The frequency distribution pattern in the plane of the curved line source, that is normal to the face 22 of the enclosure, is illustrated in FIGURE 4 and compared with a similar loudspeaker system, employing a straight line acoustic source. The radiation distribution pattern for both speakers represent the pattern achieved at the same frequency, a frequency at which the length of the line source is greater than four wavelengths. It is to be noted that the straight line source radiator achieves a much narrower radiation pattern. This is of importance in achieving coverage of an audience in an auditorium. A single curved line column speaker, such as here disclosed, can in many applications, replace two or more straight column speakers. The fact that a curved line speaker produces a radiation distribution through a greater angle than a straight line speaker permits the loudspeaker to be mounted higher in an auditorium and still cover the audience, thus reducing the absorption resulting from low level operation of the speaker and increasing the distance between the loudspeaker and the microphones which may be employed. It is always advantageous to increase the distance between the loudspeaker and the microphones since the probability of feedback is reduced and the amplifier system may be operated at a higher level. Additionally, a curved line speaker, such as here disclosed, exhibits fewer spurious lobes in its radiation distribution pattern emanating from the ends of the line at the higher frequencies.
From the foregoing disclosure, those skilled in the art will readily devise many other and additional constructions within the intended scope of this invention. It is therefore intended that the scope of the present invention be not limited by the foregoing disclosure, but rather only by the appended claims.
The invention claimed is:
1. A loudspeaker system for reproducing a predetermined range of frequencies comprising an enclosure having an elongated circular concave face with a radius of curvature between the longest wavelength and shortest wavelength of sound to be reproduced, a plurality ofloudspeakers having members adapted to vibrate along an axis mounted on the face of the enclosure with the axes of the members disposed in a common plane normal to the central axis of face, said loudspeakers being disposed closely adjacent to each other and being responsive to electrical excitation in the same frequency range, thus forming a line source of acoustical radiation when driven in phase, said loudspeakers forming an arc length at least equal to the wavelength of sound at a frequency an octave above the lowest frequency in said range, said face having an opening confronting the vibratile member of each loudspeaker and the vibratile member of each of said loudspeakers having dimensions small relative to the length of the arc of the line source of radiation.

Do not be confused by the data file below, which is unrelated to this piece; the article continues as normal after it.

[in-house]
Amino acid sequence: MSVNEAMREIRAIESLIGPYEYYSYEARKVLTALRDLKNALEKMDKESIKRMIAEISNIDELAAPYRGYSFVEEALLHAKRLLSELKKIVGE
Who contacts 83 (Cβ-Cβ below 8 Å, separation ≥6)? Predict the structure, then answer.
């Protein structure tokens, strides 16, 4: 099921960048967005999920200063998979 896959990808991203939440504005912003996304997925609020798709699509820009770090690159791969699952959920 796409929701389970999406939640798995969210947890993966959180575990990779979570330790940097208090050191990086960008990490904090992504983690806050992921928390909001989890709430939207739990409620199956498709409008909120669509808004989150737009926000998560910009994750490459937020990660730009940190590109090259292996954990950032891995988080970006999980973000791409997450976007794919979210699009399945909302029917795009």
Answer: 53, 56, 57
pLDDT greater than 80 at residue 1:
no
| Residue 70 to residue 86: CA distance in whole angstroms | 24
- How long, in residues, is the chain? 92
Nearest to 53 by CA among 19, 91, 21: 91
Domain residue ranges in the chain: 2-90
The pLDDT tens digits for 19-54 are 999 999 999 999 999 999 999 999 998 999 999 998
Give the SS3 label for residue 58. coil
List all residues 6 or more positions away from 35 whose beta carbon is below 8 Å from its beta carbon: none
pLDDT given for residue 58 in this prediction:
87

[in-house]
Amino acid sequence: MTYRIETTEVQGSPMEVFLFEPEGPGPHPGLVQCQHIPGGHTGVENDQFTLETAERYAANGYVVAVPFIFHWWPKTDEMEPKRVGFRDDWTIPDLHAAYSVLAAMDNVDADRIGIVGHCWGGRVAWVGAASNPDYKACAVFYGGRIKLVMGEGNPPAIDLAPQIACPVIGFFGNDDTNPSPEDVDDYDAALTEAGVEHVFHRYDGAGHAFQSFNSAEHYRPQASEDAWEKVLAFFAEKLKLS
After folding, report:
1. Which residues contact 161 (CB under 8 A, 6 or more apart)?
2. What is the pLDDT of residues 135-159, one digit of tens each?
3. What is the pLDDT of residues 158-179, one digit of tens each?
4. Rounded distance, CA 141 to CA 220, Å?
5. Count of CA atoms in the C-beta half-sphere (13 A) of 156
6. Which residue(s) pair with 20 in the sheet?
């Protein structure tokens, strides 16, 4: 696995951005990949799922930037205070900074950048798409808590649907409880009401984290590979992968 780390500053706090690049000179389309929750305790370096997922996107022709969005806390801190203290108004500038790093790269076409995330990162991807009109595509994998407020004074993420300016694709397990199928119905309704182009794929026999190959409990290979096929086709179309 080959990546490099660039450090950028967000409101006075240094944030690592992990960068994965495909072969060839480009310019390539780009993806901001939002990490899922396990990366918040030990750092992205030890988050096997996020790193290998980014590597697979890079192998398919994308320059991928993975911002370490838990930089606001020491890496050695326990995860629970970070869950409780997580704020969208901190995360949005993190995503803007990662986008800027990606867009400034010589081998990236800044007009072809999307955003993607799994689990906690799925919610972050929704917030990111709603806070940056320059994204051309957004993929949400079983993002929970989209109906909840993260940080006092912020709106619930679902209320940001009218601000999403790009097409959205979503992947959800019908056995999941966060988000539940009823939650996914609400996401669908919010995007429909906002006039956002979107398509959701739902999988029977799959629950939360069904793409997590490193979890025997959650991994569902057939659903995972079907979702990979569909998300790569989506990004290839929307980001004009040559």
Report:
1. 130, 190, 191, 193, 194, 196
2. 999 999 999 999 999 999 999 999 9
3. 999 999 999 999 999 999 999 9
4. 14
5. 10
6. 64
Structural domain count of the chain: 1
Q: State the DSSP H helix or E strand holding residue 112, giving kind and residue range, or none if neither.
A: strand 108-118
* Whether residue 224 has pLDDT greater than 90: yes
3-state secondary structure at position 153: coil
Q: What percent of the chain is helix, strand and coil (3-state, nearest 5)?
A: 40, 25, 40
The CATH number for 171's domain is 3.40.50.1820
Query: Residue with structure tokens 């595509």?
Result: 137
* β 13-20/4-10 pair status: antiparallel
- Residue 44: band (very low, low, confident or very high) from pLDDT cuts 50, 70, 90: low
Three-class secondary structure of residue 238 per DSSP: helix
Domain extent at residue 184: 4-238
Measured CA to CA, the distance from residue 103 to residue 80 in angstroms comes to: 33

2. A loudspeaker system for reproducing a predetermined range of frequencies comprising the elements of claim 1 wherein the vibratile member of the loudspeakers are in the form of cone shaped diaphragms sealed to the face of the enclosure, said diaphragms being centered on a plane normal to the central axis of the face.
3. A loudspeaker system for reproducing a predetermined range of frequencies comprising the elements of claim 2 wherein a layer of sound absorbing material is. disposed within the enclosure between the face thereof and the surfaces of the enclosure opposite the face.
4. A loudspeaker system for reproducing a range of predetermined frequencies comprising the elements of claim 2 wherein the enclosure has a face with a radius of curvature of approximately five feet, andthe length of the are formed by the line of loudspeakers on the face is approximately four feet long.
5. A loudspeaker system for reproducing a predetermined range of frequencies comprising the elements of claim 4 wherein twelve loudspeakers with cones of approximately four inches in diameter are disposed within the enclosure, said loudspeakers being electrically connected to a pair of input terminals.
6. A loudspeaker system for reproducing a predetermined range of frequencies comprising the elements of claim 5 wherein the loudspeakers have electro-magnetic transducers, the twelve speakers being serially connected in three groups across the input terminals.
7. A loudspeaker system for reproducing a predetermined range of frequencies comprising the elements of claim 4 wherein the face of the enclosure is provided with an elongated slot normal to the central axis of the face, and the loudspeakers are mounted on the face confronting the slot in abutting relationship.
References Cited in the file of this patent UNITED STATES PATENTS Goldsmith Apr. 19, 1938 Waite Jan. 10, 1939 Doubt July 8, 1952 Jordan et al Mar. 8, 1960 FOREIGN PATENTS Germany Apr. 28, 1933 Great Britain Aug. 21, 1957 Germany Feb. 27, 1958